HOUSTON (ICIS)--With global butadiene (BD) and rubber prices tumbling, sources said on Thursday they expect US November BD contracts to settle lower as well.
Early projections for the November contract were heard down as much as 5 cents/lb ($22/tonne), with most expecting some sort of decline.
“It could be down anywhere from 0 to 5 cents/lb, but down 5 cents/lb seems most likely,” a US buyer said.
The October contract fully settled at 52 cents/lb on an FOB (free on board) basis.
“It will depend on how much the BD producers want to deal with the spot market,” the buyer said. “If they don’t lower the price enough, they could have extra volume they have to sell.”
Sources said that the US BD market is mostly balanced following disruptions caused by Hurricane Harvey, but supply is lengthening.
If US BD contracts are unattractive, sources said buyers could take contractual minimums, then look to domestic spot volumes at a discount to the contract or imports.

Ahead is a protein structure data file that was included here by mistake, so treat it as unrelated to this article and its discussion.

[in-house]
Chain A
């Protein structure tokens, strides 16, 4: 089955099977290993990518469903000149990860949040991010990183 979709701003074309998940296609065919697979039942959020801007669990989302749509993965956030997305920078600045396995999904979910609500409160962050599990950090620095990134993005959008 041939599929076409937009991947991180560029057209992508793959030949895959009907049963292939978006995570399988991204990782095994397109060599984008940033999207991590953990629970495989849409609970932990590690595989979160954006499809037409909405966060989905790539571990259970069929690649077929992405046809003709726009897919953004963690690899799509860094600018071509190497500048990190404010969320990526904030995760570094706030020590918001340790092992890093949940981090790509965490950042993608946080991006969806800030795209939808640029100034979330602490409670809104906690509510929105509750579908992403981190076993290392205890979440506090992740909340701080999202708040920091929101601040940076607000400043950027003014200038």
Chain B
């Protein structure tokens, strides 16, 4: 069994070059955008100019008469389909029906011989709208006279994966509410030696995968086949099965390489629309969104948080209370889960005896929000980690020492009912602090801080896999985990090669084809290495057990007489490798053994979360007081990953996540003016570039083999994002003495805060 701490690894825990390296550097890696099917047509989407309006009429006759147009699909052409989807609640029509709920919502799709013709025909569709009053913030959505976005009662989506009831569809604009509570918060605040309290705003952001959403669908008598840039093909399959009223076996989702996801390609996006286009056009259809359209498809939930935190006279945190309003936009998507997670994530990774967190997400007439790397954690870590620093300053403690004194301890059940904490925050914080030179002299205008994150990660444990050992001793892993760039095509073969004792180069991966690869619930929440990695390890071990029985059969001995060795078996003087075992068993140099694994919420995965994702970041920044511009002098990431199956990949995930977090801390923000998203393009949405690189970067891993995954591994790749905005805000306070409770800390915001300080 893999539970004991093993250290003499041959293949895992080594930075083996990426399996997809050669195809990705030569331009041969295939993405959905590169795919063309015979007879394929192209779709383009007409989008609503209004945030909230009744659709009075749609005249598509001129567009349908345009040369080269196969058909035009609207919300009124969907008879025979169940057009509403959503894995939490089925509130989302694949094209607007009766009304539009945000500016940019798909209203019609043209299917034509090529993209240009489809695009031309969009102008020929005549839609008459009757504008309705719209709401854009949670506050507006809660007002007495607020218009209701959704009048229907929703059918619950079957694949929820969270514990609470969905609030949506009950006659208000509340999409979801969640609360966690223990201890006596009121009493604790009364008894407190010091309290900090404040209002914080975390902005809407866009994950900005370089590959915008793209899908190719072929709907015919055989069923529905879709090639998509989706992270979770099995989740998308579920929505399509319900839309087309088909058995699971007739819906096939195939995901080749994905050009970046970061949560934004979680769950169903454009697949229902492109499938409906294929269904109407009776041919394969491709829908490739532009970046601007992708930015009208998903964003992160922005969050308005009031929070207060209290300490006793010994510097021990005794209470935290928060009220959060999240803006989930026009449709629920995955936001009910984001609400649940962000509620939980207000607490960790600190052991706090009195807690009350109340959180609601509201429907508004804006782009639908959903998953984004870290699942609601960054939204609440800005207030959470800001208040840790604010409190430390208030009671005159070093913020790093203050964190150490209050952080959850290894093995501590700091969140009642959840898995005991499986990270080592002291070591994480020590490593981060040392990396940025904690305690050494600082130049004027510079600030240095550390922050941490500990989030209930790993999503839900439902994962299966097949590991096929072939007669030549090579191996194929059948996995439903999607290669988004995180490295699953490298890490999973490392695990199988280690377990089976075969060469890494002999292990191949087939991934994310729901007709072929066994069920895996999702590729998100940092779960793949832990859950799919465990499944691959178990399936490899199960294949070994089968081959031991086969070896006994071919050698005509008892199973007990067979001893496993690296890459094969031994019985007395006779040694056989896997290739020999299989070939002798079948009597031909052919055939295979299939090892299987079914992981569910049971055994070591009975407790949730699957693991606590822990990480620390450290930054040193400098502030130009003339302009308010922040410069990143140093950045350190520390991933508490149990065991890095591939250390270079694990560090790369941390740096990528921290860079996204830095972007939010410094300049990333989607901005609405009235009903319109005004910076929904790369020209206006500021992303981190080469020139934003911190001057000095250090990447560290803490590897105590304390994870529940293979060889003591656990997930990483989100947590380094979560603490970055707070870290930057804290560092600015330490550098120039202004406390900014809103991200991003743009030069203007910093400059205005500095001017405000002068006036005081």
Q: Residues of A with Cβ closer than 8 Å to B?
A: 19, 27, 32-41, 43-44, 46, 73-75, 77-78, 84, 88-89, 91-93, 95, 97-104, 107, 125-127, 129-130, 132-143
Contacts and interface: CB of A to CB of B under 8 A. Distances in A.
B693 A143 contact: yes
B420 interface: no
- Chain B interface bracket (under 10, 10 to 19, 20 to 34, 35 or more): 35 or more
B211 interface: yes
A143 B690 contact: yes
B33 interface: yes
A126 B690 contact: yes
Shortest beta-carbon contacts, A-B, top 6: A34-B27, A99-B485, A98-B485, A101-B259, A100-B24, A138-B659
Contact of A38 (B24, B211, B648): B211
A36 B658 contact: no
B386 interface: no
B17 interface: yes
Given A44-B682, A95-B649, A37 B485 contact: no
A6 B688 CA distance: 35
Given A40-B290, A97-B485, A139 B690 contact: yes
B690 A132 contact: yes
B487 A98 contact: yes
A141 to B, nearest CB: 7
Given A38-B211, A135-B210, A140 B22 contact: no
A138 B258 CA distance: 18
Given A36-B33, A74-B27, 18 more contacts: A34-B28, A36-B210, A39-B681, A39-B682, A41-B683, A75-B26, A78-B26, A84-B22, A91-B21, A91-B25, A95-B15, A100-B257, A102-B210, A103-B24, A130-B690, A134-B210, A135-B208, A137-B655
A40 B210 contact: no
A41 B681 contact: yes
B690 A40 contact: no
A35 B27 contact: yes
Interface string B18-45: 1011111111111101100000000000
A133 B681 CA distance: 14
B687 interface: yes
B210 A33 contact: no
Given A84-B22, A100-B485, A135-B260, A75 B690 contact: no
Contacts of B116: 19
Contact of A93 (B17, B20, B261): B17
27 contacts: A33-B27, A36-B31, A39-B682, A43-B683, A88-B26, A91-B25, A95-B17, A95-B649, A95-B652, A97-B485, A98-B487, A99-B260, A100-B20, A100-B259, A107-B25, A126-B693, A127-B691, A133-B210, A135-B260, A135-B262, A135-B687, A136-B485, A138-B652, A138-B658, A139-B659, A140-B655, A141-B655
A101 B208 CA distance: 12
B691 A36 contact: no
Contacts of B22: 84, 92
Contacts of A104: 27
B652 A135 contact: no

Driven by rapidly declining natural rubber (NR) prices, synthetic rubber prices in Asia have also fallen to keep pace and avoid losing market share.
Synthetic rubbers, such as styrene butadiene rubber (SBR), are a major downstream market for BD.
This has helped push Asian BD spot prices down around 18 cents/lb in the past four weeks.
“All the US producers are under pressure, especially at the end of the year, to keep imports to a minimum,” another US buyer said.
Market sources said that with demand levels for BD in the US starting to fall on seasonal factors, buyers can wait for a clearer floor to emerge, rather than needing to keep inventory levels higher.
Several sources also said US BD producers are about to start slowly gaining supply, on the start-up of several new crackers in the next several years.
"Producers will need to move that new BD, however minimal, which means contract terms could improve,” a source said. “Maybe we go from a situation with fees and adders to increased discounts.”
Major US BD producers include ExxonMobil, LyondellBasell, TPC Group and Shell Chemical.
Image above: BD is used to make synthetic rubber that's found in tyres. Source: Mood Board/REX/Shutterstock
Focus article by John Dietrich